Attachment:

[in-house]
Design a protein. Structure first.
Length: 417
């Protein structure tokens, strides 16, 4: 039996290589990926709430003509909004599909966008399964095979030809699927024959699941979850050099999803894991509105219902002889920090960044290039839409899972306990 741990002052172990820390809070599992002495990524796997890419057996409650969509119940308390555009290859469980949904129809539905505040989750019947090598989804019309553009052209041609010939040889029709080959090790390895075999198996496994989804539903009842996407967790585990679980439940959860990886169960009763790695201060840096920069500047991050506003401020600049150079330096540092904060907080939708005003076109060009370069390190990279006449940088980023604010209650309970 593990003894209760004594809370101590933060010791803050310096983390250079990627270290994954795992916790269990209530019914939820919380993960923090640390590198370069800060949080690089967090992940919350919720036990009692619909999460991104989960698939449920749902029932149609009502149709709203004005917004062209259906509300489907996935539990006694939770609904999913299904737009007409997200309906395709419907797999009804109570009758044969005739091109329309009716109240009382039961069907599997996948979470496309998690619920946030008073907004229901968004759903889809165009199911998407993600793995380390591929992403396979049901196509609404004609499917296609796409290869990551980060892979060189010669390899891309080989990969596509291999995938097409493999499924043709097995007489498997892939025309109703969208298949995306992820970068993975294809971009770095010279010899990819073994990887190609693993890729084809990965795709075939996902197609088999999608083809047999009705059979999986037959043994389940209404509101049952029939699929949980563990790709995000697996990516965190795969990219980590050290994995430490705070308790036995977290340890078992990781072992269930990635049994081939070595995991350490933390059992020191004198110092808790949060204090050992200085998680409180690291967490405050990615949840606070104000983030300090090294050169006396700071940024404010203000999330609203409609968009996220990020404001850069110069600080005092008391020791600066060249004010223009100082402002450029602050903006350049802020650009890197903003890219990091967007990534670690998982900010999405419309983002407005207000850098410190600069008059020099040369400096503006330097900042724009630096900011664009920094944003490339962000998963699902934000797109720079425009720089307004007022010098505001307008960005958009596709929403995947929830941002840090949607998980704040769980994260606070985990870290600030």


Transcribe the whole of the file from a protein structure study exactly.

[in-house]
Design a protein. Structure first.
Length: 417
């Protein structure tokens, strides 16, 4: 039996290589990926709430003509909004599909966008399964095979030809699927024959699941979850050099999803894991509105219902002889920090960044290039839409899972306990 741990002052172990820390809070599992002495990524796997890419057996409650969509119940308390555009290859469980949904129809539905505040989750019947090598989804019309553009052209041609010939040889029709080959090790390895075999198996496994989804539903009842996407967790585990679980439940959860990886169960009763790695201060840096920069500047991050506003401020600049150079330096540092904060907080939708005003076109060009370069390190990279006449940088980023604010209650309970 593990003894209760004594809370101590933060010791803050310096983390250079990627270290994954795992916790269990209530019914939820919380993960923090640390590198370069800060949080690089967090992940919350919720036990009692619909999460991104989960698939449920749902029932149609009502149709709203004005917004062209259906509300489907996935539990006694939770609904999913299904737009007409997200309906395709419907797999009804109570009758044969005739091109329309009716109240009382039961069907599997996948979470496309998690619920946030008073907004229901968004759903889809165009199911998407993600793995380390591929992403396979049901196509609404004609499917296609796409290869990551980060892979060189010669390899891309080989990969596509291999995938097409493999499924043709097995007489498997892939025309109703969208298949995306992820970068993975294809971009770095010279010899990819073994990887190609693993890729084809990965795709075939996902197609088999999608083809047999009705059979999986037959043994389940209404509101049952029939699929949980563990790709995000697996990516965190795969990219980590050290994995430490705070308790036995977290340890078992990781072992269930990635049994081939070595995991350490933390059992020191004198110092808790949060204090050992200085998680409180690291967490405050990615949840606070104000983030300090090294050169006396700071940024404010203000999330609203409609968009996220990020404001850069110069600080005092008391020791600066060249004010223009100082402002450029602050903006350049802020650009890197903003890219990091967007990534670690998982900010999405419309983002407005207000850098410190600069008059020099040369400096503006330097900042724009630096900011664009920094944003490339962000998963699902934000797109720079425009720089307004007022010098505001307008960005958009596709929403995947929830941002840090949607998980704040769980994260606070985990870290600030």